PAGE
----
Is your business ready to embrace the Internet of Things? If the answer is 'yes,' then you'll need to start with an IoT Proof of Concept. There are plenty of things to consider when building a Proof of Concept for the Internet of Things. Below, we run through a few major considerations that you should chew over before you begin. When you're ready to explore how your business can take advantage of the Internet of Things, reach out to a partner that can help take your idea and turn it into a reality.
Here's what you need to consider when building a Proof of Concept for the Internet of Things:
IoT Could Be the Future of Business
It's no secret that the Internet of Things is the future (Alexa and Google Home say 'hello!') But, the IoT could very well be the future of Big Business. With consumers demanding 'smarter' devices, connectivity is rapidly becoming the new normal. There's money to be had in developing IoT software and hardware that help make people's lives easier. If you have an idea for an IoT solution that can solve a problem or provide convenience, now is the time to start developing that idea into a product. That process starts with building a Proof of Concept.
An IoT Proof of Concept Can be Affordable
Starting a simple IoT project doesn't have to break the bank. In fact, working with the IoT is likely less expensive than you think. Many of the tools you'd need are affordable and easy to set up (like a Particle Photon Board, Particle cloud backend, and a Firebase realtime database for data storage). The IoT runs off of Wifi, which many businesses already use. Don't let cost scare you off from starting an IoT project. While there's an initial investment in any kind of Proof of Concept project, the payoff on the other end could be enormous.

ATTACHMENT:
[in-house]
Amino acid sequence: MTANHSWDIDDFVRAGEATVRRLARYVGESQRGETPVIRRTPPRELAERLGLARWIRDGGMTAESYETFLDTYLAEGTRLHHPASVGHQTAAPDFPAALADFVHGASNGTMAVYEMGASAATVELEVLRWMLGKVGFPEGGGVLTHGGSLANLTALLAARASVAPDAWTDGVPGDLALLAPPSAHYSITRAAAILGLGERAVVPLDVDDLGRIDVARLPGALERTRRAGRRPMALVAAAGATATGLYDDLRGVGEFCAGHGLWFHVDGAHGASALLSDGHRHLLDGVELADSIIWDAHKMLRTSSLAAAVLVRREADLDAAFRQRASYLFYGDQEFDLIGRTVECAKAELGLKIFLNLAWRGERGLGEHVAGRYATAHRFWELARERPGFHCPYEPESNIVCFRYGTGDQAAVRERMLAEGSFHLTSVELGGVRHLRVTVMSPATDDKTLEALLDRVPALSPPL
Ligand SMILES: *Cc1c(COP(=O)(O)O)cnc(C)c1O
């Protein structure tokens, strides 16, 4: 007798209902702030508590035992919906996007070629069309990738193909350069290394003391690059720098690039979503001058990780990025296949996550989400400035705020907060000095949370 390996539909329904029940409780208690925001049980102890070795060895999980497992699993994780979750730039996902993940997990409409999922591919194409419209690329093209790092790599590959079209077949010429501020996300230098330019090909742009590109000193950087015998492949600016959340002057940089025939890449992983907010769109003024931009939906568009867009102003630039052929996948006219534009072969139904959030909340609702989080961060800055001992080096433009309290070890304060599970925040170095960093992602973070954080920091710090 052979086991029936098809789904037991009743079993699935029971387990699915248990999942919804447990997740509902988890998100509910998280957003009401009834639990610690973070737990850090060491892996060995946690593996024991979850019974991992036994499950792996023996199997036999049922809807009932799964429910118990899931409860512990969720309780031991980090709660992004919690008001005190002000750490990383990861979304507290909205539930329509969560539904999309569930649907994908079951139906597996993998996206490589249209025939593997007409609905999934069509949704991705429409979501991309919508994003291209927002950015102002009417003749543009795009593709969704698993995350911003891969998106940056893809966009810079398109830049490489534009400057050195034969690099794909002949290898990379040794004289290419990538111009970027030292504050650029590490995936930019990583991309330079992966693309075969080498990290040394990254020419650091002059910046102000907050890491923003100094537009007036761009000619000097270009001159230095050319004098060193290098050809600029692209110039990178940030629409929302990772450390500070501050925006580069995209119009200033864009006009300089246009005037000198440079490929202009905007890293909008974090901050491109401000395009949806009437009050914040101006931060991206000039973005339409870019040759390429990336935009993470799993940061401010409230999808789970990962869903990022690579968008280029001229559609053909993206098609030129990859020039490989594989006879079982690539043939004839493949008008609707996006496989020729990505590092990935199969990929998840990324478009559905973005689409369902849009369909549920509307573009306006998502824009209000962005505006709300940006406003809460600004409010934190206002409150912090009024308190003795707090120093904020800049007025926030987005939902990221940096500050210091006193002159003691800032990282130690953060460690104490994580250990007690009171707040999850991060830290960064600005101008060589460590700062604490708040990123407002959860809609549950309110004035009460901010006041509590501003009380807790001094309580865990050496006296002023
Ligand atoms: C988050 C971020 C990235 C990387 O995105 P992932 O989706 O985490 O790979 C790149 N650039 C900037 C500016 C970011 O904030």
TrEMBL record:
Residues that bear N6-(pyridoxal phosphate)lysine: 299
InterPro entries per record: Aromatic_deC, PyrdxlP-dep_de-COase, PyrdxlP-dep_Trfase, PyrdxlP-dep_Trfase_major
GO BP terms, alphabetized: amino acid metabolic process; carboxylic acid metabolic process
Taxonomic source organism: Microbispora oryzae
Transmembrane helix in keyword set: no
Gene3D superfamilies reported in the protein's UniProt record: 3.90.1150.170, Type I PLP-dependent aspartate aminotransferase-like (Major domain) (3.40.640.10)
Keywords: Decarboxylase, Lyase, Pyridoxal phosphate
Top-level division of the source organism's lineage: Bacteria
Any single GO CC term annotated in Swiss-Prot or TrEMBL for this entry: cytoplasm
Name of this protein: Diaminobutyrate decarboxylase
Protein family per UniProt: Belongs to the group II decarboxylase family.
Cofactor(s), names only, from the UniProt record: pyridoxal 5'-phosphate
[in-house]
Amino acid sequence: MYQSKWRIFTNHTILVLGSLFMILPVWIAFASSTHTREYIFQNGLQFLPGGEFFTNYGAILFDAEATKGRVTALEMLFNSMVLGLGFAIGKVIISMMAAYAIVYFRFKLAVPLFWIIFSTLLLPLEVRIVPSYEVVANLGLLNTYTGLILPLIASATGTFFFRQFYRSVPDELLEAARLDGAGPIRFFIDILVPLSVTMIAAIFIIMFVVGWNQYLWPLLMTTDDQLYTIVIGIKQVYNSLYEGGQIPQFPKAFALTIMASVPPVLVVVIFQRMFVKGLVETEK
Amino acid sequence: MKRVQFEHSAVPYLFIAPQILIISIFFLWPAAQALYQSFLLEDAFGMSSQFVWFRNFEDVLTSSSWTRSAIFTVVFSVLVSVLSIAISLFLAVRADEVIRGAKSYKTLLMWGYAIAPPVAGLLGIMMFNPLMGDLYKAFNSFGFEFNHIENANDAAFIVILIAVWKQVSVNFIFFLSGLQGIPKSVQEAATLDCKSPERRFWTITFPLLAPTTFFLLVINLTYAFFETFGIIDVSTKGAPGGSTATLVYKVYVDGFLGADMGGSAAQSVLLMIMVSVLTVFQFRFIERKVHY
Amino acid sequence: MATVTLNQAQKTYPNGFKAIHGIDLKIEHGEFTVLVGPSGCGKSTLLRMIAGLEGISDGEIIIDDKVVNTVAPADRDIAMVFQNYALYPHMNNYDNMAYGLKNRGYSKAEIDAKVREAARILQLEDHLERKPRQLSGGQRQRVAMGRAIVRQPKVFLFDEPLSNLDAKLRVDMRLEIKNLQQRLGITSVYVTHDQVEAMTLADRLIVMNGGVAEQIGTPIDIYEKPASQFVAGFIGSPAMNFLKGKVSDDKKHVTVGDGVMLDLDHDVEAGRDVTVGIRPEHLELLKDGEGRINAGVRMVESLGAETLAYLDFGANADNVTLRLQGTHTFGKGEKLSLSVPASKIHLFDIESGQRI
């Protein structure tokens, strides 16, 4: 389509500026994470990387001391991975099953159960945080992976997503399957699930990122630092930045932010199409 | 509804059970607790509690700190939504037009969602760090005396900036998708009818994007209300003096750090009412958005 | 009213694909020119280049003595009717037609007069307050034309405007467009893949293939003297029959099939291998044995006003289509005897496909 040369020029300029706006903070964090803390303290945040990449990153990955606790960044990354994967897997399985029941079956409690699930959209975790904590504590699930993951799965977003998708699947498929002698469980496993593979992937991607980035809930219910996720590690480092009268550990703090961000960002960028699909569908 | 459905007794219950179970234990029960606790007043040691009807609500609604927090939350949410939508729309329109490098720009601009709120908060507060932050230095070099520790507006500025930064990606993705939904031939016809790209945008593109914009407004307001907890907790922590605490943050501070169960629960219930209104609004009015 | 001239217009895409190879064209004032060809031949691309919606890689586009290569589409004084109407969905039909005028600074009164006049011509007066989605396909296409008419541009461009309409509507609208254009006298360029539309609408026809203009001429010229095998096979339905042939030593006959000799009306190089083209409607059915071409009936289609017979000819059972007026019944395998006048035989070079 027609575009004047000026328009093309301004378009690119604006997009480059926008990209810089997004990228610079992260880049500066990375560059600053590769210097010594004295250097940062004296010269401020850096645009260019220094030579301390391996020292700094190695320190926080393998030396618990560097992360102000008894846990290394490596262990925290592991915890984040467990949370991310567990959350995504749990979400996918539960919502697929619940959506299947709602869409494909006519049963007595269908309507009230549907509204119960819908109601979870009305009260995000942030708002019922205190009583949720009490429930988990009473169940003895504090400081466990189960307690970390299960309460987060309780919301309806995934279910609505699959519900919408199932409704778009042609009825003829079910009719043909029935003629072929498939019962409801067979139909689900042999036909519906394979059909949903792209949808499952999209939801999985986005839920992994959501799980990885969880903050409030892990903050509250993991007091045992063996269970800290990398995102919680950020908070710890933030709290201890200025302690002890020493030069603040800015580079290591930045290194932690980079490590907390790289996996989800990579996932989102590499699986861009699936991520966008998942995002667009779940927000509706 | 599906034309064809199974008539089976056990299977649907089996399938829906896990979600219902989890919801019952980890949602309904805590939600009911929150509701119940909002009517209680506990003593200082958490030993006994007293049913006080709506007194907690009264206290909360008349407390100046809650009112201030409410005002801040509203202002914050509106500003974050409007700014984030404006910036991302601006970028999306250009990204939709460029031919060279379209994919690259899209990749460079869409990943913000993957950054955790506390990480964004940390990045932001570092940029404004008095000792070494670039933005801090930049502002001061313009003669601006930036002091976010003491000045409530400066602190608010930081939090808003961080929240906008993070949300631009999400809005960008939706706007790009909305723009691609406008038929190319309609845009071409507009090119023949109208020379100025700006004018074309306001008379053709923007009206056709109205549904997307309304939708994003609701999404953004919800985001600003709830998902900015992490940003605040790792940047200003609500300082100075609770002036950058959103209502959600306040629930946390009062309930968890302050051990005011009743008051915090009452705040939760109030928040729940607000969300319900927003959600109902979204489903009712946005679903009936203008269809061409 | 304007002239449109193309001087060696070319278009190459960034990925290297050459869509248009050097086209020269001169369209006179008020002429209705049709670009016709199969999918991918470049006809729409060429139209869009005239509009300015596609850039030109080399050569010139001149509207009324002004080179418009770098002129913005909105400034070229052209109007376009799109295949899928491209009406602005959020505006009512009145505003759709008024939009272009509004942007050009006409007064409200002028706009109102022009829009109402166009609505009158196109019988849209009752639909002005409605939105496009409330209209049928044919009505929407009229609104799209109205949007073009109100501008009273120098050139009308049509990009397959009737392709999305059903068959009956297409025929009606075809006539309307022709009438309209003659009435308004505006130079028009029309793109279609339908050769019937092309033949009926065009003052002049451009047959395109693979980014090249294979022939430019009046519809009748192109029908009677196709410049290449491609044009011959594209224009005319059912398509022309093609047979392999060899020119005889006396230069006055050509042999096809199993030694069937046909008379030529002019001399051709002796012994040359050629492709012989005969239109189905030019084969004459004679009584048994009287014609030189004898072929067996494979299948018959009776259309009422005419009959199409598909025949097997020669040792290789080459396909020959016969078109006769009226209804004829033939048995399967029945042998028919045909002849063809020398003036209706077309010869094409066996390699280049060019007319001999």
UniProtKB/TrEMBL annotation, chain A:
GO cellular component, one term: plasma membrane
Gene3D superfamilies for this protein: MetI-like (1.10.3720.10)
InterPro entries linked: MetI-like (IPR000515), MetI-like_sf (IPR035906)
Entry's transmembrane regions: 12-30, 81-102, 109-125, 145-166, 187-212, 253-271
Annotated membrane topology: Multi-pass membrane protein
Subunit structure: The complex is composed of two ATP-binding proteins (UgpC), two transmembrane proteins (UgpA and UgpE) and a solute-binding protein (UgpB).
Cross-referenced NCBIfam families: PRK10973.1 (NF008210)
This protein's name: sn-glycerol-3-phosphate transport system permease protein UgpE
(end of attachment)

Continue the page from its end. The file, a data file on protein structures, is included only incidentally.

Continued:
Security Can't Be Ignored, Even in the PoC Stage
You've likely heard about the recent Wikileaks that revealed CIA hacking tools. Among the revelations was the CIA's use of malware to infiltrate IoT devices, like smart TVs (no, your microwave isn't eavesdropping). While that incident was the headline-grabber, there is no shortage of hacking attempts on IoT devices. Many IoT devices have been designed without security in mind and that makes them a prime target for hackers. Most IoT devices rely on backend clouds to do their heavy lifting. If that cloud isn't kept safe, personal data is imperiled.
The security aspect of IoT needs to taken into account during the PoC stage and executed throughout the project. The biggest hurdle to the rapid adoption of the Internet of Things is going to be the presently shaky state of its security. Overall, starting an IoT Proof of Concept project is an excellent move for businesses who want to position themselves for growth and success in the future. It is affordable and as long as security is prioritized, businesses can use the IoT to accomplish some amazing things.